Calvin Coolidge (1872 – 1933)

  32. Here are a few more people who are not hiding their identities and have words of wisdom for those of us who care to listen to others.

    “We’re the first generation to feel the impact of climate change, and we’re the last generation that can do something about it. We only get one planet. There’s no Plan B.” ~ President Barack Obama

    “You never change things by fighting the existing reality. To change something, build a new model that makes the existing model obsolete.”
    – R. Buckmister Fuller

    “There are risks and costs to any program of action, but they can be far less than the long range risks and costs of inaction”
    ~ President John F. Kennedy

    “It is in our vital interest to diversify America’s energy supply — and the way forward is through technology.”
    – President George W. Bush, 2007 State of the Union Address

    “Biofuels will play an important role in America’s clean energy portfolio,” “These projects will allow us to decrease our dependence on foreign oil, support the growth of the biofuels industry and create jobs here at home.”

    ~ Energy Secretary Steven Chu

    “It is critical that we do everything we can to reduce our dependence on petroleum based fuels. Turning waste products into energy is good for the economy, local job creation and our environment.”
    ~ Governor Arnold Schwarzenegger

    “Basically, the technology for disposing of waste hasn’t caught up with the technology of producing it.”
    ~ Senator Al Gore 1992 ‘Earth In The Balance’ pg. 148

    “The country that harnesses the power of clean, renewable
    energy will lead the 21st century.”
    ~ President Barack Obama

  33. Who else has developed technology that can power our energy needs on extraction of Co2 from the atmosphere and that can heat a home with low grade wood, household trash, wood pellets, electric heat, natural gas or coal if no low-carbon fuels are available – and do so with no need of utility power as in a remote off-grid locations or during power outages and can be scaled up to use agricultural biomass or municipal wastes to create heat, power and liquid or gaseous biofuels at any village, town or city in developed or in developing countries and can be made virtually anywhere people live?

  34. Every light bulb, radio, TV, microwave oven, automobile, airplane, train, truck, motorcycle or tractor is made to operate on pumping more carbon emissions into earth’s atmosphere. I’m under the impression that it is time for devices that can power those things on extraction of carbon from the atmosphere and that is what I intend to offer the world whether you like it or not Mr. unknown detractor.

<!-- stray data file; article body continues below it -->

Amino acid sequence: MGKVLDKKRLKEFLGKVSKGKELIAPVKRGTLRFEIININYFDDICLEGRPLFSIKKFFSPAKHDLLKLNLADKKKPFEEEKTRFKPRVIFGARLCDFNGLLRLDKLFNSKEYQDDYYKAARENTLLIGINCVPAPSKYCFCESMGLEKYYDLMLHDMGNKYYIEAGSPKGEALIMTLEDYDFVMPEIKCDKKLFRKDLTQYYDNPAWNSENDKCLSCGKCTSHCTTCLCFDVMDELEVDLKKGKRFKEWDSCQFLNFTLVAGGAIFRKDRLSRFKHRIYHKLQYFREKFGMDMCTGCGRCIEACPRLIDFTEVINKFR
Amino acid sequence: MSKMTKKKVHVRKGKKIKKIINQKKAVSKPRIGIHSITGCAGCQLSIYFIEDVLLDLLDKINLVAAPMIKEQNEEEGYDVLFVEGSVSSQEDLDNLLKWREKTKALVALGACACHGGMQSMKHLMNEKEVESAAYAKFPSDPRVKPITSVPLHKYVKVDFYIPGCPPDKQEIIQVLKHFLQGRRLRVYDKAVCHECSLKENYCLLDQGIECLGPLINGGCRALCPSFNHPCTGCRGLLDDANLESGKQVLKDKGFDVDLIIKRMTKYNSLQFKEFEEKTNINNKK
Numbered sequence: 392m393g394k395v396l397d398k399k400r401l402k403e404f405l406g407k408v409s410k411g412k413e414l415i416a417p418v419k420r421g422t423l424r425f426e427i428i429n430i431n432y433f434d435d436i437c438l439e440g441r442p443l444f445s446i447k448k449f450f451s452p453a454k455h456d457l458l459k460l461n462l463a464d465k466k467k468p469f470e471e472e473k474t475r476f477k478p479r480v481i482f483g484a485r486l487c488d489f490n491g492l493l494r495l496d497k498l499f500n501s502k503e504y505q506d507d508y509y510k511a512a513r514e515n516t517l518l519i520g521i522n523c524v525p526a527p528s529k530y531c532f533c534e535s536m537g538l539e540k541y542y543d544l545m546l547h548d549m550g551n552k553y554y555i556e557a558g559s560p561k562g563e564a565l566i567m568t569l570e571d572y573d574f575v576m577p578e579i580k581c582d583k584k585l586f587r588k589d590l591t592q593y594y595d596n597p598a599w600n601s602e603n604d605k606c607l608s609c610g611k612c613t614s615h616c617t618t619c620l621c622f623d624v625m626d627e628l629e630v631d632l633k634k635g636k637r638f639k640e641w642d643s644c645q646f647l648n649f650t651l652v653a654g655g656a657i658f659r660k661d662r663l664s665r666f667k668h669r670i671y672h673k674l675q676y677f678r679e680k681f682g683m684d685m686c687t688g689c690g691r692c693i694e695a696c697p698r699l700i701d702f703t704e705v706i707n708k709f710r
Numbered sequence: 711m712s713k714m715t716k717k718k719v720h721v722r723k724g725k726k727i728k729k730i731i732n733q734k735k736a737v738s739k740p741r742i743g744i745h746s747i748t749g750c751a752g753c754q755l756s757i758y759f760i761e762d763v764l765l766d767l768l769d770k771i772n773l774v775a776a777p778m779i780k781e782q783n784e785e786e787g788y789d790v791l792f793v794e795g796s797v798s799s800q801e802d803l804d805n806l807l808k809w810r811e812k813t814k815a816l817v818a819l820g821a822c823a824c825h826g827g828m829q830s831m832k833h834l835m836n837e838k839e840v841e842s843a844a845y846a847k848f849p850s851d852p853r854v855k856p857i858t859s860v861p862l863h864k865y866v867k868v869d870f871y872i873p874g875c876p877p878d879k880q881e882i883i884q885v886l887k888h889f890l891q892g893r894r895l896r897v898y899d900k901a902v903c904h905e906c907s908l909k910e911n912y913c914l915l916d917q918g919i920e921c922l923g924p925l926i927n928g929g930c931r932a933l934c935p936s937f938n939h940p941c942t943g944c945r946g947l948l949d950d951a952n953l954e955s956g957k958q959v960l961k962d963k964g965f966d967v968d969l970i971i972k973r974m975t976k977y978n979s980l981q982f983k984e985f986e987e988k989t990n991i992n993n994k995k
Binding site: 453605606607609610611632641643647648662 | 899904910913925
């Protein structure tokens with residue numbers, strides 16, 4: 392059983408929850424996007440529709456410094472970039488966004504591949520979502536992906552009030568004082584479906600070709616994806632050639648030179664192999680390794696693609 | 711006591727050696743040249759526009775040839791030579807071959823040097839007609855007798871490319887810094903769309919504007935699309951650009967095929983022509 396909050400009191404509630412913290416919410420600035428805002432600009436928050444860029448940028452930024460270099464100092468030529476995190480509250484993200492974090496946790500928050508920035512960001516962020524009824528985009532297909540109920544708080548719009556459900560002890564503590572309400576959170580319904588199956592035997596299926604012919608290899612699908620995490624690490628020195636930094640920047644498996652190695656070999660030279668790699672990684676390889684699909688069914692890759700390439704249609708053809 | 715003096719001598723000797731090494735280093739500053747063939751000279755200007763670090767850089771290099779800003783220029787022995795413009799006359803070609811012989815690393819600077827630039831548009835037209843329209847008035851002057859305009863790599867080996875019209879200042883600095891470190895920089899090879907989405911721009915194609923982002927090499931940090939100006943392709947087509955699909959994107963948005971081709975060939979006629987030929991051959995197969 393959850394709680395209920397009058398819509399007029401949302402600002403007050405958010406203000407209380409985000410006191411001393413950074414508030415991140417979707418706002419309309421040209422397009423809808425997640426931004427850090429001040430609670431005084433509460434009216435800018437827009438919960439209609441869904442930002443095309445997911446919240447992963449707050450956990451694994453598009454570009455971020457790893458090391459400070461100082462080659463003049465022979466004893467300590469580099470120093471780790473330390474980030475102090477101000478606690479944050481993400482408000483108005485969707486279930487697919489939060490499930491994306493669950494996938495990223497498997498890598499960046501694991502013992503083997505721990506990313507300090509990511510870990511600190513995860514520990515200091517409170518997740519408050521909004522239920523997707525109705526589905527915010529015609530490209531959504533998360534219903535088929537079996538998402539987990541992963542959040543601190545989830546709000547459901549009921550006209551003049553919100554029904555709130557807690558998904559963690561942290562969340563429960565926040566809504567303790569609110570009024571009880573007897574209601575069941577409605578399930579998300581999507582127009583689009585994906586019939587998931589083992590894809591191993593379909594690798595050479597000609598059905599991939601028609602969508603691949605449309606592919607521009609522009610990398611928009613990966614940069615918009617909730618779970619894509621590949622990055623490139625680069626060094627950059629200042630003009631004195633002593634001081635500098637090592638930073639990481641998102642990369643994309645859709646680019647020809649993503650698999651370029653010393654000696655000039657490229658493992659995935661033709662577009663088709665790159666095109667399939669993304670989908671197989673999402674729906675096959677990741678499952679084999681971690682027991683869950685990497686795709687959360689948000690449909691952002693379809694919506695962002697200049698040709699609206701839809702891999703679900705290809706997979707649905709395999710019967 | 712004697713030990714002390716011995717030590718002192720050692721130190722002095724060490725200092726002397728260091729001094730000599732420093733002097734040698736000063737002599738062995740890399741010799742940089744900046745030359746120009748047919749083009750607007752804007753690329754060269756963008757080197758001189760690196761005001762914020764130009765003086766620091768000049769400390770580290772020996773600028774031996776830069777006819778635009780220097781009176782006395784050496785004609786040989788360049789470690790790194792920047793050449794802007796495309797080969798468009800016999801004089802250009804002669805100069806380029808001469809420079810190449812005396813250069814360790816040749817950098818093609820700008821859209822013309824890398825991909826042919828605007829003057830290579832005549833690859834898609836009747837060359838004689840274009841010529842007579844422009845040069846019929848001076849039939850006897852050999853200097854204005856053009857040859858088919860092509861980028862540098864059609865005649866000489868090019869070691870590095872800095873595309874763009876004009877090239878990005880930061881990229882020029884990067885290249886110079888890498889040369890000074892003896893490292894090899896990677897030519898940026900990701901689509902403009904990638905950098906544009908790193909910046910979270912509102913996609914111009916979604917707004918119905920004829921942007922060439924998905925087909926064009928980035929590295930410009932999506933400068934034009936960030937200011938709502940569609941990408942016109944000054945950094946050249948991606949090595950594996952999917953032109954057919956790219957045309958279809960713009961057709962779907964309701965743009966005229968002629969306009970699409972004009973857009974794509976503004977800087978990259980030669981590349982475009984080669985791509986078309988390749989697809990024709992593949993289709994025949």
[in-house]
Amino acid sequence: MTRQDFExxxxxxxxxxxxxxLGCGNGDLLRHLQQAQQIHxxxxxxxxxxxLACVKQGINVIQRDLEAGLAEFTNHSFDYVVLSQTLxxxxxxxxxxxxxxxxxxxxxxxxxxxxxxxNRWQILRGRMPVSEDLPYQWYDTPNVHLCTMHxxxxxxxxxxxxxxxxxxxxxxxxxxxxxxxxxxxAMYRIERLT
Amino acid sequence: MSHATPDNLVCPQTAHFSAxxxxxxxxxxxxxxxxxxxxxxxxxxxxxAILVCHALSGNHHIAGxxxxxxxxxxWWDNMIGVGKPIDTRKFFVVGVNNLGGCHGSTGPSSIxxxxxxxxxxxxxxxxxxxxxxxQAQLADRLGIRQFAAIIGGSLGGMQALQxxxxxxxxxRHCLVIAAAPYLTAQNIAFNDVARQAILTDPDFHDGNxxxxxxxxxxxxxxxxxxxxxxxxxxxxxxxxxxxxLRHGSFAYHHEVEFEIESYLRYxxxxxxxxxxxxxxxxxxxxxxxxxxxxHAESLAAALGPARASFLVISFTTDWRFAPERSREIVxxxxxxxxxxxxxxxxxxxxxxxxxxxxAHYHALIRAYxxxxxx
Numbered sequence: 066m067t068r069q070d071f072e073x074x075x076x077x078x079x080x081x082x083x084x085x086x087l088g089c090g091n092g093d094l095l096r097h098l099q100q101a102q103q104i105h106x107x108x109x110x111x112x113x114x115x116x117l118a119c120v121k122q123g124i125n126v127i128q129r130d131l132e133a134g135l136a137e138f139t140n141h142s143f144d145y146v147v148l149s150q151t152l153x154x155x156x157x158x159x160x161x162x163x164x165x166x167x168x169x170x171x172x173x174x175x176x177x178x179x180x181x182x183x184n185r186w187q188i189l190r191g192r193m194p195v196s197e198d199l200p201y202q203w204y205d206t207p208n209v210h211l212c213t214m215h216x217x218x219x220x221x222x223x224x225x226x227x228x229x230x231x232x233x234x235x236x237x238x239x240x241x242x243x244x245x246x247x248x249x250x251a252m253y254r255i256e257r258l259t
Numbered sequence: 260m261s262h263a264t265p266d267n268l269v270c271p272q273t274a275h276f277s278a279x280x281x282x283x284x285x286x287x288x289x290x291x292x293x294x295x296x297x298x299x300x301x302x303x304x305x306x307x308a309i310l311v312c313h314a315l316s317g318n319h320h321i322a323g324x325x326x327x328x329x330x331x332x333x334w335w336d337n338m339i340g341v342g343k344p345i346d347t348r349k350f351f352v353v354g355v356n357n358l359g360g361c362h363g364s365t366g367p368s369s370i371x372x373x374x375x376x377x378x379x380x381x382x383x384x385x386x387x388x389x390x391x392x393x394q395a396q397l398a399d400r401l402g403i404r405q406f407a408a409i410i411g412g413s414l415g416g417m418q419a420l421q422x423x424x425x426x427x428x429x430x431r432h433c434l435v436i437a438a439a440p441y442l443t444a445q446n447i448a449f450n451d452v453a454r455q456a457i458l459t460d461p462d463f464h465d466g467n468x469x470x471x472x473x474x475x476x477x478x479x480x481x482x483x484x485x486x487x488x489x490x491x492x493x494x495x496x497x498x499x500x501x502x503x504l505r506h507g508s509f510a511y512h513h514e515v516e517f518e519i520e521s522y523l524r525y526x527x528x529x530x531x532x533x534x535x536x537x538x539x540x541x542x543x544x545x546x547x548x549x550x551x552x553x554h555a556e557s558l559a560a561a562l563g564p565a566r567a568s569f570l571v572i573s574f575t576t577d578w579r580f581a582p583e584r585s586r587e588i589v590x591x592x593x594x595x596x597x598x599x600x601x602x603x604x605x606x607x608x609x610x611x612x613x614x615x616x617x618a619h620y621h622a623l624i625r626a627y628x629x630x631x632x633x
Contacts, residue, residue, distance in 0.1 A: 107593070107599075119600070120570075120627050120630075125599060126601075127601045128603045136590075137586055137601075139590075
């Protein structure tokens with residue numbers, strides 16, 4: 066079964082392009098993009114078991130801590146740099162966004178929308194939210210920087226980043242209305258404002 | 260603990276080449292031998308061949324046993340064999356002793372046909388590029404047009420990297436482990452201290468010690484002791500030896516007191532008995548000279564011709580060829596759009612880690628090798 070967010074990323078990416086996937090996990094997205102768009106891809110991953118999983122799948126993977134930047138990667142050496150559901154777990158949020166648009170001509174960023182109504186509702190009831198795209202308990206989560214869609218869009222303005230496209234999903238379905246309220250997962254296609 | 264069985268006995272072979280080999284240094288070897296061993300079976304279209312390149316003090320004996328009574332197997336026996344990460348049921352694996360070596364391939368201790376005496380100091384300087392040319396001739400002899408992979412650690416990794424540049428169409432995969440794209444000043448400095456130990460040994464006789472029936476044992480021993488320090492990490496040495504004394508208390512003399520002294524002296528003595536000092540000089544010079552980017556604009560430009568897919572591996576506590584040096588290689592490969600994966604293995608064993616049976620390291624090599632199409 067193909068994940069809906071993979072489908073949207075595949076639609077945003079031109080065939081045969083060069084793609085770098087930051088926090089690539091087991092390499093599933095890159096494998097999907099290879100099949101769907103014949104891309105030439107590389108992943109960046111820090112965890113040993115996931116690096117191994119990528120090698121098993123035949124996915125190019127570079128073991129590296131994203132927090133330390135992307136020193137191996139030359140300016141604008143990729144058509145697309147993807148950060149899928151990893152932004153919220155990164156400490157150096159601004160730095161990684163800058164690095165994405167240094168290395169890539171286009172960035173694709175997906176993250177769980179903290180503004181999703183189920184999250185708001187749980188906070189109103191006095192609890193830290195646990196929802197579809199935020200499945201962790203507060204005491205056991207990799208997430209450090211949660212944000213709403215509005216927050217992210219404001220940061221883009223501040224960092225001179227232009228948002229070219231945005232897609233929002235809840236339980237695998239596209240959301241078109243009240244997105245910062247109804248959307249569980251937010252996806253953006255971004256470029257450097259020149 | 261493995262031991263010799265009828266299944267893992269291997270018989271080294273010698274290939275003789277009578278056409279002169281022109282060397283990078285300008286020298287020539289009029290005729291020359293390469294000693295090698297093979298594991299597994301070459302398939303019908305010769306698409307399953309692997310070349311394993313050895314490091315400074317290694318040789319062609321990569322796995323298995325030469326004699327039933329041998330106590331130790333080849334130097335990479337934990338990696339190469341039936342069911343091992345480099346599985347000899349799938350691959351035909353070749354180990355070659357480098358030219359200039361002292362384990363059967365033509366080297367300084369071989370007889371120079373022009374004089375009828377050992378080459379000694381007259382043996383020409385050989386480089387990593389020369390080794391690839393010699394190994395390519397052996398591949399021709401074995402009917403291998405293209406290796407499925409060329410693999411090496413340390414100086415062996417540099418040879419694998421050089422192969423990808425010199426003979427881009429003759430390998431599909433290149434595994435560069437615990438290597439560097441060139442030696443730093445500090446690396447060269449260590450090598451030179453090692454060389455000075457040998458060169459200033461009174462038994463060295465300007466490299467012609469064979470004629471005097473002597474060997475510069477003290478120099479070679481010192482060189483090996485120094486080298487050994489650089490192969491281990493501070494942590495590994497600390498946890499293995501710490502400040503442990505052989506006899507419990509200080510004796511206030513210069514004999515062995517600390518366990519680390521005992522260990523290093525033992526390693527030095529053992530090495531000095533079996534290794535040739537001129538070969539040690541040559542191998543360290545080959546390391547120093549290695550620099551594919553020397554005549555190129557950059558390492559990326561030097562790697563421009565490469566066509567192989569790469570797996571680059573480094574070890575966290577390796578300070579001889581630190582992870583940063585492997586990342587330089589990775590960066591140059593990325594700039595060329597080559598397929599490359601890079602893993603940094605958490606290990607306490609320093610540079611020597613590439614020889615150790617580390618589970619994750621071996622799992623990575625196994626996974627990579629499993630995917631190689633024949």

35. “Climate change is a growing and pressing problem. It is now clear that if we continue on our current path, we run the risk of dramatic disruptive changes to our climate in the lifetimes of our children and our grandchildren. At the same time, we face immediate threats to our economy, our national security that stem from our dependence on oil,” ~Secretary Steven Chu
    “We have tomorrow bright before us like a flame.”
    ~ LANGSTON HUGHES

    “A man is but the product of his thoughts. What he thinks, he becomes.” ~ Mahatma Gandhi 1869-1948

    “There is nothing more difficult to take in hand, more perilous to conduct, or more uncertain in its success, than to take the lead in the introduction of a new order of things for the reformer has enemies in all who profit from the old order.” –Niccolo Machiavelli, 1513

    • marcopolo says:

      Les,

      Everyone has tried to be polite and caring for your feelings, but you’ve become like the guy in a bar or at a social event, who just won’t take a hint ! No one is listening to you, you are embarrassing yourself and obviously hurting from rejection.

      Do a good thing, and show some consideration for Craig’s readership by restricting yourself to relevant comments, not narcissistic rants.

      ( Seriously, consider building your own website ).

  36. I have four websites. The oldest is at http://aaecorp.com. And by the way all my comments are relevant and most are in response to your comments. Do a good thing and let us know who you really are.

  37. To those who are reading this banter I’d like to say it isn’t embarrassing to me to have people like President Obama and Pope Francis and former Energy Secretary Steven Chu and all the others I like to quote speaking for exactly what I’m proposing – but I suppose it bothers some who prefer that I don’t repeat and point out their respected positions since they seem to back up what I’m saying and since they contradict what the one who likes to belittle me and likes to make personal attacks has been saying.